Category Archives: rights

“A new Arab Spring?”

“East London rs21 held a meeting in May 2019 on the uprisings in Algeria, Sudan and Morocco. The speakers discussed the movements demanding change, the counter-revolutionary forces lining up against them, and the role of international solidarity.

Raquel Varela: “Learning from Portugal’s Carnation Revolution”

“A revolution took place in Portugal. We can date this precisely: between April 25, 1974 and November 25, 1975. The revolution was the most profound to have taken place in Europe since the Second World War. During those 19 months, hundreds of thousands of workers went on strike, hundreds of workplaces were occupied sometimes for months and perhaps almost three million people took part in demonstrations, occupations and commissions. A great many workplaces were taken over and run by the workers.  Land in much of southern and central Portugal was taken over by the workers themselves. Women won, almost overnight, a host of concessions and made massive strides towards equal pay and equality. Thousands of houses were occupied. Tens of thousands of soldiers rebelled.”

Tikva Honig-Parnass: “A community in arms: the Indigenous roots of the EZLN”

‘By building a “democracy from below,” the Zapatistas recognize the leadership of, and carry on a long tradition of resistance by Indigenous communities in Chiapas.’

“Tierra y libertad: The Mexican Revolution”

“The 100th anniversary of the murder of Emiliano Zapata by the Mexican military (10/04/1919) is the occasion to share texts on the country’s revolution (1910-1920), a revolution profoundly marked by anarchist ideals and practices, ideals and practices which very often found expression in much older indigenous social relations, and which have continued to resonate through the history of this land’s peoples.”

David D. Kirkpatrick: “Hopes Raised during the Arab Spring are being Revived Across North Africa”

“The hopes inspired by the Arab Spring uprisings of 2011 soured long ago. But across North Africa, the reverberations are coursing through the region once again, shaking autocratic governments and posing new questions about the future.  Veterans of the Arab Spring struggles say the scenes feel like flashbacks to chapters of a common story. …  But the setbacks and disillusionment are familiar as well.”

Hamza Hamouchene: ‘Algeria in revolt: “We woke up and you will pay!”’

“What is happening in Algeria is truly historic. The people won the first battle in their struggle to radically overhaul the system. Abdelaziz Bouteflika, president for the past twenty years, was forced to abdicate after more than six weeks of street protests and a re-configuration of alliances within the ruling classes.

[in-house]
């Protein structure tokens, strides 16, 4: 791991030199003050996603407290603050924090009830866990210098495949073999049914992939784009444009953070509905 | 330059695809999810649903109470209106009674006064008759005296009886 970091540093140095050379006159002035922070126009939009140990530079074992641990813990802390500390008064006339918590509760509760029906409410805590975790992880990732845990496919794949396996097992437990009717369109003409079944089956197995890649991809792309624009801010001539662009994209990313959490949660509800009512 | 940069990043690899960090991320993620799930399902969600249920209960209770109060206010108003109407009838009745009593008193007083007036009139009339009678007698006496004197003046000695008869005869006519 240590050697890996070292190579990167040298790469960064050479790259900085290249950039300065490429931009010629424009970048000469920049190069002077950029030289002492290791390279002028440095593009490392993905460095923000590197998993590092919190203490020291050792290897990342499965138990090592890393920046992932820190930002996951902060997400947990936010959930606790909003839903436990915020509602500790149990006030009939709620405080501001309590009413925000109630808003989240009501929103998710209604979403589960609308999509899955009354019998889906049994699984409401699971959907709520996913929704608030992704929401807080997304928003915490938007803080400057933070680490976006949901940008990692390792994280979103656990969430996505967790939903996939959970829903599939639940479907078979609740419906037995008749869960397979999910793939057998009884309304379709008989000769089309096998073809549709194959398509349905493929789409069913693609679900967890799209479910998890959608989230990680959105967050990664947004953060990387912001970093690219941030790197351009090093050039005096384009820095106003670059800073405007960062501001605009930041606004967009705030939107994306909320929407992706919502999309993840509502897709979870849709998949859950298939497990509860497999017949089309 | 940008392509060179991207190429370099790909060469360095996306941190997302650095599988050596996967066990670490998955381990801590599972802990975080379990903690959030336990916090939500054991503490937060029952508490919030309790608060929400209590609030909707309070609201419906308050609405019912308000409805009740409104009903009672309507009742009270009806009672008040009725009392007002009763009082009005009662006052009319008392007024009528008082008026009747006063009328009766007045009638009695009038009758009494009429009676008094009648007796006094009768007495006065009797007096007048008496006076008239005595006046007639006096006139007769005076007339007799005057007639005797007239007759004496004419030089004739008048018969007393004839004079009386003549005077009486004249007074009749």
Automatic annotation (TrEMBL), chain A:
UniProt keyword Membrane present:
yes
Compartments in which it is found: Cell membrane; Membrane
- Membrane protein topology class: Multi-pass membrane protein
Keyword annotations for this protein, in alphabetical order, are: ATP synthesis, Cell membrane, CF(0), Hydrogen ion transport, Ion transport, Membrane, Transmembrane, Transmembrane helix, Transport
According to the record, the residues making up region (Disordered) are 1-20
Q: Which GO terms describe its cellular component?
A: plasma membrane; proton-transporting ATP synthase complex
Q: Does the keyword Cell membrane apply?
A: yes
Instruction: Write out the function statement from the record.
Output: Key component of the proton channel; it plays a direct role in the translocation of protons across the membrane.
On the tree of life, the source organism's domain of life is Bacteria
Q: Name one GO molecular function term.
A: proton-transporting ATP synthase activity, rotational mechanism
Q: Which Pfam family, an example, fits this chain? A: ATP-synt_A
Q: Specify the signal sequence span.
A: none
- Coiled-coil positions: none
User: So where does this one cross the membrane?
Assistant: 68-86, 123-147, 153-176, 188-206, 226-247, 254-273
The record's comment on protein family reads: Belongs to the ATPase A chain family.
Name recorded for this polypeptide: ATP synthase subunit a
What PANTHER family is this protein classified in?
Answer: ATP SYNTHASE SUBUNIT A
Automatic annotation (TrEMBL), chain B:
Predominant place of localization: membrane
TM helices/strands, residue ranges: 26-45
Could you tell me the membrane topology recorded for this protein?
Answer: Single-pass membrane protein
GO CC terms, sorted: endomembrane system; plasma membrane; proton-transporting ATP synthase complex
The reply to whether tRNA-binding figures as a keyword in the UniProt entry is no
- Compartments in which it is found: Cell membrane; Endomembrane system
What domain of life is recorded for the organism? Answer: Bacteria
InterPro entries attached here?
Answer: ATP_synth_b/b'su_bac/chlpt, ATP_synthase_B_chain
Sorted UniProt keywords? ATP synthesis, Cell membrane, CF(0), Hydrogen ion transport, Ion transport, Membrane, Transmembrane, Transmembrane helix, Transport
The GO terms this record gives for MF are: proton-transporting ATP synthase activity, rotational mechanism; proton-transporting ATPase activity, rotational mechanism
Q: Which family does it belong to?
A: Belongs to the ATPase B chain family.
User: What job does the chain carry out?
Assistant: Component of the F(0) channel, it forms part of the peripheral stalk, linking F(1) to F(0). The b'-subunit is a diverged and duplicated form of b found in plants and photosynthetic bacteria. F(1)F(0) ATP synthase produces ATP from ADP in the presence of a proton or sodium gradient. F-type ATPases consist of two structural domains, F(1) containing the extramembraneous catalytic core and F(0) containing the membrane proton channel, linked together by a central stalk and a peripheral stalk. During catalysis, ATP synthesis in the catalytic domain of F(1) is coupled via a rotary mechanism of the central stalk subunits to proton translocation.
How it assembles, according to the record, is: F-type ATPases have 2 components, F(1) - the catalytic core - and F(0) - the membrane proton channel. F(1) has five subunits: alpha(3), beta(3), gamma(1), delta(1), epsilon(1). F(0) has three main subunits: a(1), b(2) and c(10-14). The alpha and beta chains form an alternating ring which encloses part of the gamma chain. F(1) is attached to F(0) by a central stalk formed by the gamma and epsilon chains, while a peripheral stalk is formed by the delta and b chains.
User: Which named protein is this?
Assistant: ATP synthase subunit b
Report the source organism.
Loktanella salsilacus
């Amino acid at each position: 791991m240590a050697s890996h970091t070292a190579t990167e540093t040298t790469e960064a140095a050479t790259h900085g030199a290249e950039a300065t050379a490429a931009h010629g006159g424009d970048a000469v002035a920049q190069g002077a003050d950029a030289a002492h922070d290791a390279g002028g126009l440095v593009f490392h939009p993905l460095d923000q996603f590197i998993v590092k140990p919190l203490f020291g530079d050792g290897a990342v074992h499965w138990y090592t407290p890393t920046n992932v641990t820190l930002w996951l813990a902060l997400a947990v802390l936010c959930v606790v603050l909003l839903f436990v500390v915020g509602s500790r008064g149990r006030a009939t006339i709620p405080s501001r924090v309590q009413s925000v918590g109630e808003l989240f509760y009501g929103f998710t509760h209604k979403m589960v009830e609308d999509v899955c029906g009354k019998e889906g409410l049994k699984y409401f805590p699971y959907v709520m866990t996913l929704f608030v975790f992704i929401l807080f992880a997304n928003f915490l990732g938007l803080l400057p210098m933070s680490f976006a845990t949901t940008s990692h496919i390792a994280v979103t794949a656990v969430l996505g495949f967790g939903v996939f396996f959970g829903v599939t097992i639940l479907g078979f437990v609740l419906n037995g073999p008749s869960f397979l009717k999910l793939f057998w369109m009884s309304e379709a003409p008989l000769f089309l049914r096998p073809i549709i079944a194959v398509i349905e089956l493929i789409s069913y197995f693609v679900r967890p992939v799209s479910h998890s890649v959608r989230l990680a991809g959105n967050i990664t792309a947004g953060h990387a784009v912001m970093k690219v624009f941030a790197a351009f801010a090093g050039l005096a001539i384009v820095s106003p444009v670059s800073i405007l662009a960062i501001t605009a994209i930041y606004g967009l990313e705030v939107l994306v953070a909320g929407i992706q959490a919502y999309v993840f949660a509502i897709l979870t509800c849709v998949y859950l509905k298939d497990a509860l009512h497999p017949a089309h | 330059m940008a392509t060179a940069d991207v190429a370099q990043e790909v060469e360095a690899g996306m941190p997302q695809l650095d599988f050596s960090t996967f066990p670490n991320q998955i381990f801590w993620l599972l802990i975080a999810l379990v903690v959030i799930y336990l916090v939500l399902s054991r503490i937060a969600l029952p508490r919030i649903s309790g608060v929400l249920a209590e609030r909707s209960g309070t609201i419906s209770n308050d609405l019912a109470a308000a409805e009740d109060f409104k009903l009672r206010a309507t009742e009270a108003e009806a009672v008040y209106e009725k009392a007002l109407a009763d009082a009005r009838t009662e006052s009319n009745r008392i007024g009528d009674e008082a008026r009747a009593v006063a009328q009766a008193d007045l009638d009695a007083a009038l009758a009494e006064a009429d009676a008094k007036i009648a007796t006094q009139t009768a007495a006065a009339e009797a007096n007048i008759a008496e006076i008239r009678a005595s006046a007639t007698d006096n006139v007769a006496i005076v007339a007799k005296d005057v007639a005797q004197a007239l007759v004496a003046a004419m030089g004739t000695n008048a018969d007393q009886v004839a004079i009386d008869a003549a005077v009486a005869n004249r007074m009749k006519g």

Tareq Baconi: “One Year of Gaza Protests. A New Era of Palestinian Struggle?”

“The rightward trajectory of Israel’s politics and the growing consensus behind Israel’s de facto annexation of the West Bank are unwittingly beginning to transform Palestinians, fragmented into territorial and political silos, into a single collective entity facing different aspects of the same oppressive power: an Israeli state that discriminates in favor of Jews over Palestinians across the entire land. .. Many younger Palestinians are nonetheless taking inspiration from the legacies of the American Civil Rights movement and the South African anti-Apartheid struggle, as well as from their own long history of popular resistance.”

“Letter of Solidarity and Support for Zapatista Resistance and Autonomy”

“We, intellectuals, academics, artists, activists and others in solidarity … condemn the ongoing campaign of disinformation, lies, and slander directed against the Zapatistas.  For us, and for many others around the world, the Zapatista struggle is a key referent for resistance, dignity, integrity and political creativity.”

Crimethink: “The uncertain tides of insurrection: The yellow vest protests of France”

‘This movement combines many contradictory elements: horizontally organized direct action, a narrative of being “apolitical,” the participation of far-right organizers, and the genuine anger of the exploited. Clearly, neoliberal capitalism offers no solutions to climate change except to place even more pressure on the poor; but when the anger of the poor is translated into reactionary consumer outrage, that opens ominous opportunities for the far right. … Above all, we need an anti-capitalist, anti-fascist, anti-sexist, and ecological front within the space of social movements. The question is whether that should take place inside the “yellow vest” movement, or against it.’

Cinzia Arruzza: “From Women’s Strikes to a New Class Movement: The Third Feminist Wave”

“After more than two years of international mobilization … it is clearly time to say that we are in the middle of a new feminist wave. A wave that … as a whole has posed issues such as gender violence, wage inequality, reproductive rights, and women’s reproductive work, as well as sexual liberties, at the center of the political and cultural debate of every country hit by the mobilizations. … The current one is not the fourth or even the fifth feminist wave.”